A strange thing to include, since if he’d ignored his own hypocrisy, then I actually doubt anyone would have called him on it. But once again, the envy-disgust continuum kicks in. Geraghty knows his audience, that they are disgusted by his panty-waisted writerly smarty-pants-ness because they envy it, and he can’t resist tossing that out there with the hopes that he can enjoy the unique pleasure of being envied. But without inciting disgust. So you know, it was work for him writing his book and not for Obama. Yeah, that’s the ticket.


A smarter move (if I had no integrity, I’d make my living composing paranoid rants and raking in the wingnut welfare) would have been to diminish how cool it is to go to Turkey while puffing up the beauty of Bali. Something like, “I couldn’t even pronounce the region I was staying in, but Bali has trees and stuff.”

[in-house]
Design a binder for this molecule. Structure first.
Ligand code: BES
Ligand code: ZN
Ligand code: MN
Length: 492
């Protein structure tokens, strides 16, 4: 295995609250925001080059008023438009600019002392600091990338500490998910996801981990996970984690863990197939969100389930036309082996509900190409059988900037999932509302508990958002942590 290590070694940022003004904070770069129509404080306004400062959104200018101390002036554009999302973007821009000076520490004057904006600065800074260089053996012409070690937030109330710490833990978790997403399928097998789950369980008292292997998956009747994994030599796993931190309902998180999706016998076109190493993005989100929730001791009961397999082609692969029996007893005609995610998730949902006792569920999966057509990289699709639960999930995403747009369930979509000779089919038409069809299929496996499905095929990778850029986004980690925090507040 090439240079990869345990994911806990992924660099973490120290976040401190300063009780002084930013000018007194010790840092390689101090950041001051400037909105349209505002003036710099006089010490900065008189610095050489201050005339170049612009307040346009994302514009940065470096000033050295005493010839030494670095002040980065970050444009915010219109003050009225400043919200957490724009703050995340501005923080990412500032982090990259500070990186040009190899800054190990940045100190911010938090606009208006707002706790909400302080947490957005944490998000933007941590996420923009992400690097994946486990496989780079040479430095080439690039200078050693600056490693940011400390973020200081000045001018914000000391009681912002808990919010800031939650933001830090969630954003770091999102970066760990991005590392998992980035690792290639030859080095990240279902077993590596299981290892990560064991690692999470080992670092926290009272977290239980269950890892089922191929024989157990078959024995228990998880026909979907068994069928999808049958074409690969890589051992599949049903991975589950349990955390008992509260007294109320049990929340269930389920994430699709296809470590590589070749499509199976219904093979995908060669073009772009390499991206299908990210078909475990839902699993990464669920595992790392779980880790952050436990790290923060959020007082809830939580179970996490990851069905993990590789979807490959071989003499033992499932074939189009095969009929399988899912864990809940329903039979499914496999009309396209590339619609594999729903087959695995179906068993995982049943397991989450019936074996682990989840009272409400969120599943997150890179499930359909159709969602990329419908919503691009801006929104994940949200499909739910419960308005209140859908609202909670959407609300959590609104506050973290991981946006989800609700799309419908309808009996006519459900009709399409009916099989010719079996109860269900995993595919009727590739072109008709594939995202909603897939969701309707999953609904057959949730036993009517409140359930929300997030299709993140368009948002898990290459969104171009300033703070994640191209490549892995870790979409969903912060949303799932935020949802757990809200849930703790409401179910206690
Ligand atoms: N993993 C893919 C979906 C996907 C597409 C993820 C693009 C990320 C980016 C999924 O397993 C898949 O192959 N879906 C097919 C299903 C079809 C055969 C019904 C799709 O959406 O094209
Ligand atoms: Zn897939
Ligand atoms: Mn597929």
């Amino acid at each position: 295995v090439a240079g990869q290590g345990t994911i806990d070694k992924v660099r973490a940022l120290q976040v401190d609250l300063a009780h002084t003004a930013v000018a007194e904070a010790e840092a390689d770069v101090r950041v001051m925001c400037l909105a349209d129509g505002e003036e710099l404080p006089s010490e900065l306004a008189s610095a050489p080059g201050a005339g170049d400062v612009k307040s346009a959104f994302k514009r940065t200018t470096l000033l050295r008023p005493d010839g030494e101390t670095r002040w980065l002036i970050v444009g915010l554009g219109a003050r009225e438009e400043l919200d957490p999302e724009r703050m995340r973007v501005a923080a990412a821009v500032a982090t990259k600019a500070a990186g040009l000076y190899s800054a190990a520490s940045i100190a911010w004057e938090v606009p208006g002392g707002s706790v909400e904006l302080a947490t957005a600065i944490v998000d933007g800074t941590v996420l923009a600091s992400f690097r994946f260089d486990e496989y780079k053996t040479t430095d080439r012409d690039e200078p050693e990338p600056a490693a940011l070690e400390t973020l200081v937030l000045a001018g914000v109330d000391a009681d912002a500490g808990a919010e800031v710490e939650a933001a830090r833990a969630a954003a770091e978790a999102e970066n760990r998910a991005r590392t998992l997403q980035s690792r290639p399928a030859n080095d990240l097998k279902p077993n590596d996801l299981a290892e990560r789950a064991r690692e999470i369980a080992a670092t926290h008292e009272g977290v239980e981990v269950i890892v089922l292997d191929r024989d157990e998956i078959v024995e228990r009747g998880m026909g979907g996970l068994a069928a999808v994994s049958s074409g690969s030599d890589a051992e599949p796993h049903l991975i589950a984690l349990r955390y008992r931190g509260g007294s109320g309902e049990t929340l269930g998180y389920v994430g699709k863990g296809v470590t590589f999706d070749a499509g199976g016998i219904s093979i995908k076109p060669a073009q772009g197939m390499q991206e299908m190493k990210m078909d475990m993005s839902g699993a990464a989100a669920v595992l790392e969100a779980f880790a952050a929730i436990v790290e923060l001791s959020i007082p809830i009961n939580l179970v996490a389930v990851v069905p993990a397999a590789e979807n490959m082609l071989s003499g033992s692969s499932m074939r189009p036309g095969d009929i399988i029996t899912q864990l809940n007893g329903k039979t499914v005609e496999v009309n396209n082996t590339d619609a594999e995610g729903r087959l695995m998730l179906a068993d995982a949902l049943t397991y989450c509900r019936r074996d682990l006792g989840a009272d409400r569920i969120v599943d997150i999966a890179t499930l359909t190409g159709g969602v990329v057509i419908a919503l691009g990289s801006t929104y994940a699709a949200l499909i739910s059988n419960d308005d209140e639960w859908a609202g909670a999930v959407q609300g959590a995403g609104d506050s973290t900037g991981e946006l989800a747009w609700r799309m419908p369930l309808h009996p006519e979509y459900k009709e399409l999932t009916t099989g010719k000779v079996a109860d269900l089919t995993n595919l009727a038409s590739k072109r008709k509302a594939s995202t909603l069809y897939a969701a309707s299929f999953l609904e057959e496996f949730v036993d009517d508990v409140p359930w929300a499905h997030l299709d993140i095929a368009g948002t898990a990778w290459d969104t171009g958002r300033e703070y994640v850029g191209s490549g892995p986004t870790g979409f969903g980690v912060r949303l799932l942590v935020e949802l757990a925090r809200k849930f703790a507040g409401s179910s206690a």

Amanda Marcotte
Amanda Marcotte
Amanda Marcotte is a freelance journalist born and bred in Texas, but now living in the writer reserve of Brooklyn. She focuses on feminism, national politics, and pop culture, with the order shifting depending on her mood and the state of the nation.